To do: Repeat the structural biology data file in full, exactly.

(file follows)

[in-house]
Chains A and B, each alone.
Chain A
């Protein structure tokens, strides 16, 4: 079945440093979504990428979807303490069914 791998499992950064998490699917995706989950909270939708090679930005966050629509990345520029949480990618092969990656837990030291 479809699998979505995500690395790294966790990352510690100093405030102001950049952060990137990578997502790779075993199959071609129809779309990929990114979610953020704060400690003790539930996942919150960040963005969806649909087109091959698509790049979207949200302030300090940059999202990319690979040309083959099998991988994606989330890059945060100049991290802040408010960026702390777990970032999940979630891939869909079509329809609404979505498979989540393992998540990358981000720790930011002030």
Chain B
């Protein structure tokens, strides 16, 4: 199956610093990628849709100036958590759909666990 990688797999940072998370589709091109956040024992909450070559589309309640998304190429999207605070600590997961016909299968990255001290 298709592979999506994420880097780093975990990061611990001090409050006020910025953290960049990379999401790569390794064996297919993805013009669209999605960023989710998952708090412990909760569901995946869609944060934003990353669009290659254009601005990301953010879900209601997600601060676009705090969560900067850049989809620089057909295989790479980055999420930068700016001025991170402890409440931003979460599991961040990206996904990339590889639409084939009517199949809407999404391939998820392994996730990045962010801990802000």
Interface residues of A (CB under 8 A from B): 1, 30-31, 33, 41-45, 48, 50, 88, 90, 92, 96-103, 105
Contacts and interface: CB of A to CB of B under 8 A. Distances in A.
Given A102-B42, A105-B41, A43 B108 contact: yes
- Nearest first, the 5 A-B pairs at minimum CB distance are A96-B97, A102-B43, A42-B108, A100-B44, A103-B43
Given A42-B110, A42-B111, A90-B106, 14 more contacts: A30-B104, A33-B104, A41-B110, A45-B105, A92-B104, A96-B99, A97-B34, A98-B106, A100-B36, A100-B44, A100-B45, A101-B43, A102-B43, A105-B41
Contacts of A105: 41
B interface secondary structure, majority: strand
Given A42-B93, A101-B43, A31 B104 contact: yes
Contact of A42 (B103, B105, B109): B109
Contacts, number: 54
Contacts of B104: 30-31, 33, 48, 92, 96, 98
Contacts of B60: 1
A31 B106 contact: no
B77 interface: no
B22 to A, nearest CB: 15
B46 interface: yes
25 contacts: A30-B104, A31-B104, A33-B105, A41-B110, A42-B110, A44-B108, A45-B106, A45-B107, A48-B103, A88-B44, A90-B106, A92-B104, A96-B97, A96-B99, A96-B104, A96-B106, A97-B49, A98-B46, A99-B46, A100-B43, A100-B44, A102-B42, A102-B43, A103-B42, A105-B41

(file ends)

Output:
[in-house]
Chains A and B, each alone.
Chain A
């Protein structure tokens, strides 16, 4: 079945440093979504990428979807303490069914 791998499992950064998490699917995706989950909270939708090679930005966050629509990345520029949480990618092969990656837990030291 479809699998979505995500690395790294966790990352510690100093405030102001950049952060990137990578997502790779075993199959071609129809779309990929990114979610953020704060400690003790539930996942919150960040963005969806649909087109091959698509790049979207949200302030300090940059999202990319690979040309083959099998991988994606989330890059945060100049991290802040408010960026702390777990970032999940979630891939869909079509329809609404979505498979989540393992998540990358981000720790930011002030």
Chain B
């Protein structure tokens, strides 16, 4: 199956610093990628849709100036958590759909666990 990688797999940072998370589709091109956040024992909450070559589309309640998304190429999207605070600590997961016909299968990255001290 298709592979999506994420880097780093975990990061611990001090409050006020910025953290960049990379999401790569390794064996297919993805013009669209999605960023989710998952708090412990909760569901995946869609944060934003990353669009290659254009601005990301953010879900209601997600601060676009705090969560900067850049989809620089057909295989790479980055999420930068700016001025991170402890409440931003979460599991961040990206996904990339590889639409084939009517199949809407999404391939998820392994996730990045962010801990802000």
Interface residues of A (CB under 8 A from B): 1, 30-31, 33, 41-45, 48, 50, 88, 90, 92, 96-103, 105
Contacts and interface: CB of A to CB of B under 8 A. Distances in A.
Given A102-B42, A105-B41, A43 B108 contact: yes
- Nearest first, the 5 A-B pairs at minimum CB distance are A96-B97, A102-B43, A42-B108, A100-B44, A103-B43
Given A42-B110, A42-B111, A90-B106, 14 more contacts: A30-B104, A33-B104, A41-B110, A45-B105, A92-B104, A96-B99, A97-B34, A98-B106, A100-B36, A100-B44, A100-B45, A101-B43, A102-B43, A105-B41
Contacts of A105: 41
B interface secondary structure, majority: strand
Given A42-B93, A101-B43, A31 B104 contact: yes
Contact of A42 (B103, B105, B109): B109
Contacts, number: 54
Contacts of B104: 30-31, 33, 48, 92, 96, 98
Contacts of B60: 1
A31 B106 contact: no
B77 interface: no
B22 to A, nearest CB: 15
B46 interface: yes
25 contacts: A30-B104, A31-B104, A33-B105, A41-B110, A42-B110, A44-B108, A45-B106, A45-B107, A48-B103, A88-B44, A90-B106, A92-B104, A96-B97, A96-B99, A96-B104, A96-B106, A97-B49, A98-B46, A99-B46, A100-B43, A100-B44, A102-B42, A102-B43, A103-B42, A105-B41